12.04.2018
By Rob Daly

AI Funds Face Dearth of Historical Data

Investment funds that rely on artificial intelligence and machine learning have run out of usable data for their learning processes, according to one asset manager.

“In finance, if you look at the data for the market close for the past 20 years, there are not enough data points,” said Ankit Awasthi, quantitive portfolio manager at Qplum, during the recent Fall 2018 ETP Forum in Midtown Manhattan. “Whereas if you look at natural language processing and image recognition, they have millions of data points. There is a fundamental constraint in how you can learn using these domains.”

To address the dearth of data, Qplum has repurposed high-frequency trading data to simulate the millions of transactions that were not included in the closing data of the past 20 to 30 years.

“There is a new trend happening in the industry called ‘synthetic data,’ which is the creation of time series used to test your models,” added panel moderator Bartt Kellerman, founder of Battle of the Quants. “It is moving to the very futuristic type of technology where data is lacking.”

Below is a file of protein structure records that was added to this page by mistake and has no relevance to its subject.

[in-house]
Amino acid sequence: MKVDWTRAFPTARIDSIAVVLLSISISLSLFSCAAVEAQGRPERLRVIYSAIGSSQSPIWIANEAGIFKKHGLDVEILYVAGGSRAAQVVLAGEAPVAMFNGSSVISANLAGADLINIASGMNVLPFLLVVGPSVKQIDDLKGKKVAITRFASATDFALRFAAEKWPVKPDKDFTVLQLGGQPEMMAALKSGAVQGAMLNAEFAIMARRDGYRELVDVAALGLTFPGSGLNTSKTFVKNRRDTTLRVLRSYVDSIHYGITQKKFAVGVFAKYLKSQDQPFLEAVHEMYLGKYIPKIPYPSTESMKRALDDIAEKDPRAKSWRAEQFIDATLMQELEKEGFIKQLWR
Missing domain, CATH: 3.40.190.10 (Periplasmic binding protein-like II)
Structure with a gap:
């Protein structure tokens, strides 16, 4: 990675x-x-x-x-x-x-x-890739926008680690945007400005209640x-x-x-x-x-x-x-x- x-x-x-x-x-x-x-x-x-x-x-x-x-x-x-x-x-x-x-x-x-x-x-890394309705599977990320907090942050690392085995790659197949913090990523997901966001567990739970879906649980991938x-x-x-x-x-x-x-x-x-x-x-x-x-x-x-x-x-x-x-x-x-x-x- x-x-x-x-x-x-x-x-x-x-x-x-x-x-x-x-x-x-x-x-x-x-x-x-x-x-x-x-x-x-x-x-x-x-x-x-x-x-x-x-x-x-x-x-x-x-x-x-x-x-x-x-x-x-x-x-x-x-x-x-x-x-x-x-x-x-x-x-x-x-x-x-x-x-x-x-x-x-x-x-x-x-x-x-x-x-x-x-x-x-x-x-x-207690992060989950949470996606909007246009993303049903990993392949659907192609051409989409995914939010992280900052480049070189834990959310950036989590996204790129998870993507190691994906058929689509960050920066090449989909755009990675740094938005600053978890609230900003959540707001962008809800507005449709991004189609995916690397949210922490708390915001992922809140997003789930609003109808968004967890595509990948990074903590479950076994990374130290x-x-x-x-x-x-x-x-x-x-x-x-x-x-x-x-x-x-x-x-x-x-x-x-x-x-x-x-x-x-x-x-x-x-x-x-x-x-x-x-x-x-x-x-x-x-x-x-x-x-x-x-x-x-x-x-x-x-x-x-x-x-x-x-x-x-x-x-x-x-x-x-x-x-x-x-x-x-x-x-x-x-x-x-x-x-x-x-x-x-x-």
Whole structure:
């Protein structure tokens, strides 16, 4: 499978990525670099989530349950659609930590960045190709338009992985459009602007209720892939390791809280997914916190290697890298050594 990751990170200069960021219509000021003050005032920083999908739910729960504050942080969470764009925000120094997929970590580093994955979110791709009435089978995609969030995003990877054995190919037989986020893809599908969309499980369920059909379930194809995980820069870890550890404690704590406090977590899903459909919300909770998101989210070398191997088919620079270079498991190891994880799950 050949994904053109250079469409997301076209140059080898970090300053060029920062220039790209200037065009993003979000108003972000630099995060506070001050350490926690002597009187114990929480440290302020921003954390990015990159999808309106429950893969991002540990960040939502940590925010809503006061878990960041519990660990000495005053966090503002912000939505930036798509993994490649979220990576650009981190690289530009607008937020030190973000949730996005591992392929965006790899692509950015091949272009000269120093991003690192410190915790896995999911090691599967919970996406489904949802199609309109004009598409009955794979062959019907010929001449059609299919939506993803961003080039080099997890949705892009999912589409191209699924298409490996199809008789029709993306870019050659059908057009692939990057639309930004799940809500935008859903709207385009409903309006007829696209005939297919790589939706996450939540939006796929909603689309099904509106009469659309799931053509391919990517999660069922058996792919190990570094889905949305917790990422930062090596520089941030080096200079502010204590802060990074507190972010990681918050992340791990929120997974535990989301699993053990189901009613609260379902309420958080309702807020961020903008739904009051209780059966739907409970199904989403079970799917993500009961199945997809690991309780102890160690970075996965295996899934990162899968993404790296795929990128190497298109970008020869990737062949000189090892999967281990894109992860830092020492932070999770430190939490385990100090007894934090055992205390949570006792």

Awasthi also noted that unlike other industry verticals implementing AI and machine learning, financial services tend to be rather myopic and asset manager will shut down AI- and machine learning-based funds after a single quarter of poor performance.

“There is no long-term vision,” he said. “There is all this computing power and all sort of data available. This is the future.”

However, not all AI and machine learning funds are equal. Many funds that reported to be AI- and machine learning-based often rely on linear regression, according to Awasthi.

“It is like adding ‘.com’ after your name back in the day,” said Kellerman.

Quantitative investors may have no choice whether to integrate synthetic data into their calculation given the evolving equities markets.

“It is not like the same strategies will work all the time,” said Awasthi. “Deep learning and machine learning, in general, offer flexible frameworks to detect these inefficiencies in a systematic fashion that is adopted over time.”

“As we have seen in CTAs and HFT, those sorts of markets have left us,” agreed Kellerman. “The opportunities for big money are no longer there.”

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